With the help of this system, the regulator can manage crypto transactions’ impact on the stability of its exchange market. Recently, analysts have connected the state of peer-to-peer (P2P) crypto markets to the Bolivar’s recent decline in value.
Tracking Cryptocurrency Transactions in real-time
The Venezuelan government intends to build a monitoring system to track the activities of cryptocurrency-based peer-to-peer exchanges. This protects the value of the Bolivar, Venezuela’s fiat currency.
The nation’s banking watchdog, Sudeban, revealed that the regulatory body is working on a project to design a real-time banking monitoring system that tracks crypto transactions. According to Sudeban statement, the project development is being done in collaboration with Sunacrip, the nation’s cryptocurrency regulator.
Sudeban further said that the primary purpose of this movement is to stop the irregular practices that caused a decline in the value of the country’s fiat currency and instability in its exchange market.
Hence, the Venezuelan government wants to investigate whether there is a relationship between the transaction volumes in the digital currency markets and the exchange rate of the Venezuelan Bolivar compared to the US dollar.
Meanwhile, analysts have established that the crypto market downturn is due to the collapse of the FTX crypto exchange and the sudden hike in the exchange rate of the US dollar to the Venezuelan Bolivar.
However, the analysts added that other factors, such as the market’s inherent oversupply of fiat money brought on by holiday payments, contributed to this unexpected hike in the exchange rate.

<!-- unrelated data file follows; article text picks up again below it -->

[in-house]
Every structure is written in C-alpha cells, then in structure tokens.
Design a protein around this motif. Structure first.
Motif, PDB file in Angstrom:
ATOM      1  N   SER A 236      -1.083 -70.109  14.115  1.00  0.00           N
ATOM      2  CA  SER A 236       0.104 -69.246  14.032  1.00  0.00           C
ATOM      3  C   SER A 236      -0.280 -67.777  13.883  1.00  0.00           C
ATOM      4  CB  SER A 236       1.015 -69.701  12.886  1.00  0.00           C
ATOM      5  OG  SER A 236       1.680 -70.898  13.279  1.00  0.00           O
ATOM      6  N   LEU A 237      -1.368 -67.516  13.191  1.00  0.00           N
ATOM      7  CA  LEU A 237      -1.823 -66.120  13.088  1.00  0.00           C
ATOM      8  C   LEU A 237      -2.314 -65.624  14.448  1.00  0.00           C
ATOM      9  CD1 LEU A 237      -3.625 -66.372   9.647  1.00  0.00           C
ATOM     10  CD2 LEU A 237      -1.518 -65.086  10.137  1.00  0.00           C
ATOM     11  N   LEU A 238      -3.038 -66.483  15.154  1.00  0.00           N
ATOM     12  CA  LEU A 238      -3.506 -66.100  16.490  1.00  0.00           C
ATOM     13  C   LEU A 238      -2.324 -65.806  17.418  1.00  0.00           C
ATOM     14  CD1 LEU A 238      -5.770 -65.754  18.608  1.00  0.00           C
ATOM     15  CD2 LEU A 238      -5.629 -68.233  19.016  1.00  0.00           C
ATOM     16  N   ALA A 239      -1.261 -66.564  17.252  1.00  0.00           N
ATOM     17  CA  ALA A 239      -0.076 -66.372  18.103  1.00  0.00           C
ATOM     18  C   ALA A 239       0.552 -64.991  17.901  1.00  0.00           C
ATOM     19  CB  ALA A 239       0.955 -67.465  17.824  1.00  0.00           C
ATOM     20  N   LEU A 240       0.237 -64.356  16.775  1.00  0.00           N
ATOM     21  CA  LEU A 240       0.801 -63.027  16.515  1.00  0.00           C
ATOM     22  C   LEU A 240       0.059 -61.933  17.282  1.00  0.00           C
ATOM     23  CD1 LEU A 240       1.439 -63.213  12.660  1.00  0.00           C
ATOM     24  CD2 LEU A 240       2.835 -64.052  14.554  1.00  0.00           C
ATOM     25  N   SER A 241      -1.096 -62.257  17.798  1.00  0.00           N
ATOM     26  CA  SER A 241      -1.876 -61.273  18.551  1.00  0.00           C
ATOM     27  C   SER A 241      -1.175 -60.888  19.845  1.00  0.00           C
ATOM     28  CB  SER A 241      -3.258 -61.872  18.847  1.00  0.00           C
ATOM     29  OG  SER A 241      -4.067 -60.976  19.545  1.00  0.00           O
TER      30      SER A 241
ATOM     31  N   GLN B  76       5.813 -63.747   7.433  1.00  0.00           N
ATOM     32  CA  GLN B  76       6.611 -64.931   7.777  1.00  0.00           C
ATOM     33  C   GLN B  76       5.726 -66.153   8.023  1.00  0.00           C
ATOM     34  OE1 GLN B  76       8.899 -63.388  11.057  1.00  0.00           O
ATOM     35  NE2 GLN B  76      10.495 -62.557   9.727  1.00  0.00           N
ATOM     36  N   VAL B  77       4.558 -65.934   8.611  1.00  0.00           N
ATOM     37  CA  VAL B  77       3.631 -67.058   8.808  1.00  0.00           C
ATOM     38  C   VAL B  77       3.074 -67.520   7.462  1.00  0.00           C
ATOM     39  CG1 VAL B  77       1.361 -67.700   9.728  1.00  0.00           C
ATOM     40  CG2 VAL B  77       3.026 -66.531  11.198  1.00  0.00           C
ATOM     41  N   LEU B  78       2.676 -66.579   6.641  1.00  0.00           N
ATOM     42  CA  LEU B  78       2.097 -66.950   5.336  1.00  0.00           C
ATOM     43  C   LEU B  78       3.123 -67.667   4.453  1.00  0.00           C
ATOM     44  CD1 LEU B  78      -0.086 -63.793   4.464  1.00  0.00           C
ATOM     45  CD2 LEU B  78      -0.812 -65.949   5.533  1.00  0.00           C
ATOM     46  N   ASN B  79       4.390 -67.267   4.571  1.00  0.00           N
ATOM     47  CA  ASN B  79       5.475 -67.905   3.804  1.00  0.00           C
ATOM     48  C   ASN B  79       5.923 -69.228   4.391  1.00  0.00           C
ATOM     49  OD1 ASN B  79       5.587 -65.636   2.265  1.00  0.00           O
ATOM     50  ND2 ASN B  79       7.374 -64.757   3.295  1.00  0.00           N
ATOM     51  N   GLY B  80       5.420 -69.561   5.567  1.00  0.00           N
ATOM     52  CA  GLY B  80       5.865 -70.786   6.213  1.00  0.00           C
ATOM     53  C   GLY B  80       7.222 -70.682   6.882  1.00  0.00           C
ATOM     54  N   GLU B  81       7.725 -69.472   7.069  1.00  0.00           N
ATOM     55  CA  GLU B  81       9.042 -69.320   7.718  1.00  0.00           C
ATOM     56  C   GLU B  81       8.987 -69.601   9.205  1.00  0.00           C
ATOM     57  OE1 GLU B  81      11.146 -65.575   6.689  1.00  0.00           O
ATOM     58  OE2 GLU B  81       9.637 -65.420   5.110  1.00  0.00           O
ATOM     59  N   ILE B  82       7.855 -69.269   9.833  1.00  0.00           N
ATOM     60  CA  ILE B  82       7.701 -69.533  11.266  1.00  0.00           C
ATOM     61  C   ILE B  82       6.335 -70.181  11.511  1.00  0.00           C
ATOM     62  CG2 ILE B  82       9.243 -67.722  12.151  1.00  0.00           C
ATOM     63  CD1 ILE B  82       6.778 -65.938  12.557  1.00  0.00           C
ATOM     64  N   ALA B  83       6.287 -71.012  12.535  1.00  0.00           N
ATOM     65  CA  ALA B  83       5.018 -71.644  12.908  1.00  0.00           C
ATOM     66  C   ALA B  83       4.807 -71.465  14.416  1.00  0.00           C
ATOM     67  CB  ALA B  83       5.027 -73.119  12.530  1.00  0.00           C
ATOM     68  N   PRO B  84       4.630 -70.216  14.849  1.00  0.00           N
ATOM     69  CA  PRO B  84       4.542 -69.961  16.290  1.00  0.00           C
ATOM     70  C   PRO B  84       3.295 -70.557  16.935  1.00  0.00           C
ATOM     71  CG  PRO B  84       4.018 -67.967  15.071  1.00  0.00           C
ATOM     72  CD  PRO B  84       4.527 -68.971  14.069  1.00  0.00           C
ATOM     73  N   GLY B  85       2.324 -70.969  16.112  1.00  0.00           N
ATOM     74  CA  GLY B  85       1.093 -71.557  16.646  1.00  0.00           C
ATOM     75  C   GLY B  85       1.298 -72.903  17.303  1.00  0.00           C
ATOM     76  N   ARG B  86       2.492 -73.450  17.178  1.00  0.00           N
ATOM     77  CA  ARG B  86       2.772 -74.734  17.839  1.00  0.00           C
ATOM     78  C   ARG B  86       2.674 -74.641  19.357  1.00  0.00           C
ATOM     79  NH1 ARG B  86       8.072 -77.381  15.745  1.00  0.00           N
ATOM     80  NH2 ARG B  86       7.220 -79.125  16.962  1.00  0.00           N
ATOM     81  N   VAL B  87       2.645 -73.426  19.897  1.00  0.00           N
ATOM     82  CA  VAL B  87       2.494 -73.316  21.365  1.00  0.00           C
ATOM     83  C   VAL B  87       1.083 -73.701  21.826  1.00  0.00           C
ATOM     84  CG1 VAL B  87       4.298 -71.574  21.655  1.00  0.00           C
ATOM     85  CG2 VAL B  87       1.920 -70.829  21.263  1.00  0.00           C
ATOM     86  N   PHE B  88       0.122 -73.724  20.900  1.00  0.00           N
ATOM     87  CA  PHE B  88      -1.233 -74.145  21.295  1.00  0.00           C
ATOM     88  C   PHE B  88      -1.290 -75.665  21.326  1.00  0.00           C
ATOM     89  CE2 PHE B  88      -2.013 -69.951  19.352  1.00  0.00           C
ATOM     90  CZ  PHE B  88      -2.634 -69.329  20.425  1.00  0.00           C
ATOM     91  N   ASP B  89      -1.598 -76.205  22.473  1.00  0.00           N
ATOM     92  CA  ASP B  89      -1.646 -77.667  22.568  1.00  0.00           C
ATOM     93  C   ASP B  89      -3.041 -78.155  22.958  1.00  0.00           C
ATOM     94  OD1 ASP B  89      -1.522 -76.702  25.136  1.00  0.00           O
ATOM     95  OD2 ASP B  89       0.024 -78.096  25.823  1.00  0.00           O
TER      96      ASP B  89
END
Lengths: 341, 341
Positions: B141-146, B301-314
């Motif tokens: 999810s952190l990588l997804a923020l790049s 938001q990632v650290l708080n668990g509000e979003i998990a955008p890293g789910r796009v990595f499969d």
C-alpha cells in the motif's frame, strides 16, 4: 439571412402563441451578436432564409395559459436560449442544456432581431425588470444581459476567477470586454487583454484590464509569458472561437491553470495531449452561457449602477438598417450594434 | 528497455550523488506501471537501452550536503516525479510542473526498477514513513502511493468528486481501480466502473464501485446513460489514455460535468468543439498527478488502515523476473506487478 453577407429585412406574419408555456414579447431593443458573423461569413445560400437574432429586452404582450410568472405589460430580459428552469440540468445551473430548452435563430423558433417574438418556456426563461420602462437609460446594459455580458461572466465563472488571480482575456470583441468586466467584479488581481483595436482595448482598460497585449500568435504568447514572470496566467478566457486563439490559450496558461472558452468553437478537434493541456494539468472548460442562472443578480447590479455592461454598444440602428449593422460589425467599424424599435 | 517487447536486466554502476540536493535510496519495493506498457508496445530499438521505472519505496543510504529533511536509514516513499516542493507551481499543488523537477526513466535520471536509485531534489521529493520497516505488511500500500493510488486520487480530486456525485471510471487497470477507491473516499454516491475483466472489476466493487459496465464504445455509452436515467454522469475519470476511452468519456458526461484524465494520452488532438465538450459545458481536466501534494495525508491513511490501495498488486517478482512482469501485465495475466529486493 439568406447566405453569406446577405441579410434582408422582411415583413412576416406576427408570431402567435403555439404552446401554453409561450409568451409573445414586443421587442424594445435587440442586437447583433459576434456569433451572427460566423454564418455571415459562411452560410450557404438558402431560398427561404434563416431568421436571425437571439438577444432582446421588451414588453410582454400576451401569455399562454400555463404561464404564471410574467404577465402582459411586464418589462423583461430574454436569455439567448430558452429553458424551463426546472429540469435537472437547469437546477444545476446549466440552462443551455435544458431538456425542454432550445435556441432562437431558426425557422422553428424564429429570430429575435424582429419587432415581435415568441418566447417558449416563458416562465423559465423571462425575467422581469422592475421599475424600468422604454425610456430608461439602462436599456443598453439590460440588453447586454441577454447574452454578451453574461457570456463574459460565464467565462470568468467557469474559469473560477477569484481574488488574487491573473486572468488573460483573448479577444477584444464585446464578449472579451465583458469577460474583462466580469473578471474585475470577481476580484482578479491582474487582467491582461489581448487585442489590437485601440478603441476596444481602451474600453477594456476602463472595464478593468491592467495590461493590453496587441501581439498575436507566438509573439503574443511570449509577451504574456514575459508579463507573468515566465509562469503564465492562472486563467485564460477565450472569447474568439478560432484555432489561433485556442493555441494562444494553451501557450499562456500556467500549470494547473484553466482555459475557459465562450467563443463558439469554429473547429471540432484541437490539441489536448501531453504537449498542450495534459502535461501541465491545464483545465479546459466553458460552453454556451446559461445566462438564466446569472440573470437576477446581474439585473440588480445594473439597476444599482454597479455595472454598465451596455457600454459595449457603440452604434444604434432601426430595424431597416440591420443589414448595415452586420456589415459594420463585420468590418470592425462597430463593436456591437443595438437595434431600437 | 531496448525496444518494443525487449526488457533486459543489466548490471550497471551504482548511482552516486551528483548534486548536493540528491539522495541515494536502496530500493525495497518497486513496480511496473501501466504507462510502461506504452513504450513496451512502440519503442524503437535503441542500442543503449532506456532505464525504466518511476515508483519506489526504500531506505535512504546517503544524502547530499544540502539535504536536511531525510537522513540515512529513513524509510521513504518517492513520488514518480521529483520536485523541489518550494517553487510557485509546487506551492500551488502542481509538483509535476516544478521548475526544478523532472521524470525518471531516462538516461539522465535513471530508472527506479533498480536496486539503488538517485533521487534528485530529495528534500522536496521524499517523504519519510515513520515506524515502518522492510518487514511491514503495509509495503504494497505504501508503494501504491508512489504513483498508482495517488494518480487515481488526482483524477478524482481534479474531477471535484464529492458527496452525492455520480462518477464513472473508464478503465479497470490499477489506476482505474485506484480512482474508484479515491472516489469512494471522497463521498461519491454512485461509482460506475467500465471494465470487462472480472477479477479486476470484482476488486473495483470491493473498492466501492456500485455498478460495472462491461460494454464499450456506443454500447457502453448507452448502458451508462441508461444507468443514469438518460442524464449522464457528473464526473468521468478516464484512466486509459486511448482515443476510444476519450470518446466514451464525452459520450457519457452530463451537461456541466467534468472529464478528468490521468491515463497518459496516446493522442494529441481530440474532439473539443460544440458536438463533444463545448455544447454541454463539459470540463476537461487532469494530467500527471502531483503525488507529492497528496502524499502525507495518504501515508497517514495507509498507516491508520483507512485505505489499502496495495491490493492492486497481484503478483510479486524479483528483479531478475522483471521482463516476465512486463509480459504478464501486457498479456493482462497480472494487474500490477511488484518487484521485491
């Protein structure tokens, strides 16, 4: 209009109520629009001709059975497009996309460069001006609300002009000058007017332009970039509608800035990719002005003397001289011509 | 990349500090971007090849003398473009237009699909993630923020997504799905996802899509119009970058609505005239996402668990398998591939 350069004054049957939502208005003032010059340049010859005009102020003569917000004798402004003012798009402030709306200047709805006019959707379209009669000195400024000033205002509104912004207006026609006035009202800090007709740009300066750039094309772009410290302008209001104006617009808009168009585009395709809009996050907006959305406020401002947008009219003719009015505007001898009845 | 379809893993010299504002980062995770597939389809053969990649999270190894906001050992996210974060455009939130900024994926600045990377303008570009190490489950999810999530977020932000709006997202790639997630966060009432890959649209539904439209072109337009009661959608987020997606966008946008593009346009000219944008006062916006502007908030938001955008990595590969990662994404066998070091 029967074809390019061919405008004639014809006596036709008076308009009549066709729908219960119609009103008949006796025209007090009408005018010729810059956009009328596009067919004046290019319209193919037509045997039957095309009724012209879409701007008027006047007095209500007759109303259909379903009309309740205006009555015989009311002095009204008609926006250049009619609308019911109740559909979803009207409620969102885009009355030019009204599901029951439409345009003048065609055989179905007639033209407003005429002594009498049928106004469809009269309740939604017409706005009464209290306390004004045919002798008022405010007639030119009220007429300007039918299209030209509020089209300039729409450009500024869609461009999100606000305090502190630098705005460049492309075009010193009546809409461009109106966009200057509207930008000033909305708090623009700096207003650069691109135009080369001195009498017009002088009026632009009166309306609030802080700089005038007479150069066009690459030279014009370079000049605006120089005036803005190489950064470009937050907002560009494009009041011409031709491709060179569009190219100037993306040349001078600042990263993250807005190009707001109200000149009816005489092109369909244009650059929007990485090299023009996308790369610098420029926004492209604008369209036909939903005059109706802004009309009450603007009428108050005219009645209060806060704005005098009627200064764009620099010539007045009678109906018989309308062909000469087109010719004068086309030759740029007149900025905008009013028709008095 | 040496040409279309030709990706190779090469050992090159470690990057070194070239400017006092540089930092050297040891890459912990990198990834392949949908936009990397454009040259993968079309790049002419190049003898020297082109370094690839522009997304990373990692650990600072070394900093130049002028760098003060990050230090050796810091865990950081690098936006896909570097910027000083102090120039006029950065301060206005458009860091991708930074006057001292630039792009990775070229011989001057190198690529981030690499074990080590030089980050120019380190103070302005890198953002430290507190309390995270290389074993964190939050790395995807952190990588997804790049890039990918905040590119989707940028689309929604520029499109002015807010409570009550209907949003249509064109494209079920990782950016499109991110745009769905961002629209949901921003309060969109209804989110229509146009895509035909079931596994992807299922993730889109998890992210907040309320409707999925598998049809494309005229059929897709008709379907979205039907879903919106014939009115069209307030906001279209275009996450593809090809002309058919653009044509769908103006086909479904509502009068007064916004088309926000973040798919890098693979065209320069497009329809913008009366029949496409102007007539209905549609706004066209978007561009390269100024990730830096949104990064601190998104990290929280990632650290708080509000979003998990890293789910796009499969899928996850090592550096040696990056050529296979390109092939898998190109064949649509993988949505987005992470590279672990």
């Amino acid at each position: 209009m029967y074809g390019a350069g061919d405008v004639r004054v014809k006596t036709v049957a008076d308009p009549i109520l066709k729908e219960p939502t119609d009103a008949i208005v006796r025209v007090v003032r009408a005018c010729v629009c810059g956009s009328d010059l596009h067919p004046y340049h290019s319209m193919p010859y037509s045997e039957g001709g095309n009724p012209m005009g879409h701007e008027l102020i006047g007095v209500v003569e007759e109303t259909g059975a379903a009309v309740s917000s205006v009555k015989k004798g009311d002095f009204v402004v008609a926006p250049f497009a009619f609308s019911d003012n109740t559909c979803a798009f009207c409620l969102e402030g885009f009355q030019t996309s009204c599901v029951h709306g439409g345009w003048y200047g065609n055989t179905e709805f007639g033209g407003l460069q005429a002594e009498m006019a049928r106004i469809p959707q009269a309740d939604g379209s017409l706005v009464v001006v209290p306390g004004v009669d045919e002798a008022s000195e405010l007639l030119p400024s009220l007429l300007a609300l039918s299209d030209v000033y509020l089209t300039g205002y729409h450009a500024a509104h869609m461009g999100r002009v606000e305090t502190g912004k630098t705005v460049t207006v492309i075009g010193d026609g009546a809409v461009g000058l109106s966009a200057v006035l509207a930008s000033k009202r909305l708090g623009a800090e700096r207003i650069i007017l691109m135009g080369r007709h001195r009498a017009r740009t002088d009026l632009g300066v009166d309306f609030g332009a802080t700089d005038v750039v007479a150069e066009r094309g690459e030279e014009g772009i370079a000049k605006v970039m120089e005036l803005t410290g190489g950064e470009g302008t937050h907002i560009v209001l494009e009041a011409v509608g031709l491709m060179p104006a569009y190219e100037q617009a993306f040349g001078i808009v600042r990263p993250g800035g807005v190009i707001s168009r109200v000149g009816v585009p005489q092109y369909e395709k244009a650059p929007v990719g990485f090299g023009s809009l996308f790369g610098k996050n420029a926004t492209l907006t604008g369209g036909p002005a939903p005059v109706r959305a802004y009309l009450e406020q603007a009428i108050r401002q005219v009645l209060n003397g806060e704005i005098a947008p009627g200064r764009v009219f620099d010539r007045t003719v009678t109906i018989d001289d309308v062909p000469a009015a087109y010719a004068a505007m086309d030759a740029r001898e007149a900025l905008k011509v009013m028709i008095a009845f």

According to Legalrocks, a national crypto-focused law company, Venezuelan authorities have banned more than 75 bank accounts as a result of suspicious crypto-related transactions from December 2021 to date.
Stopping The Depreciation
In an announcement earlier this month, Nicolas Maduro, president of Venezuela, believes this move will significantly reduce the sharp decline of the Bolivar to the USD, which has become more profound in the last two weeks. The exchange rate between the Bolivars went from 12.66 Bolivars to the USD on November 28 to nearly 20 Bolivars to the USD on December 28.
In November 2022, the Bolivar lost 40% of its value during an intense depreciation episode. Analysts are now assessing the potential impact this real-time tracking of crypto transactions may have on inflation rates going into 2023.
The nation only recently came out of a 5-year hyperinflationary era that began in 2017. Meanwhile, Jose Guerra, Venezuela’s leading economist on projects, forecasts a 30% rise in the nation’s inflation rate for next month.
Since October, Venezuela’s apex bank hasn’t published official inflation data. Yet, during the first ten months of 2022, prices have increased by nearly 120%.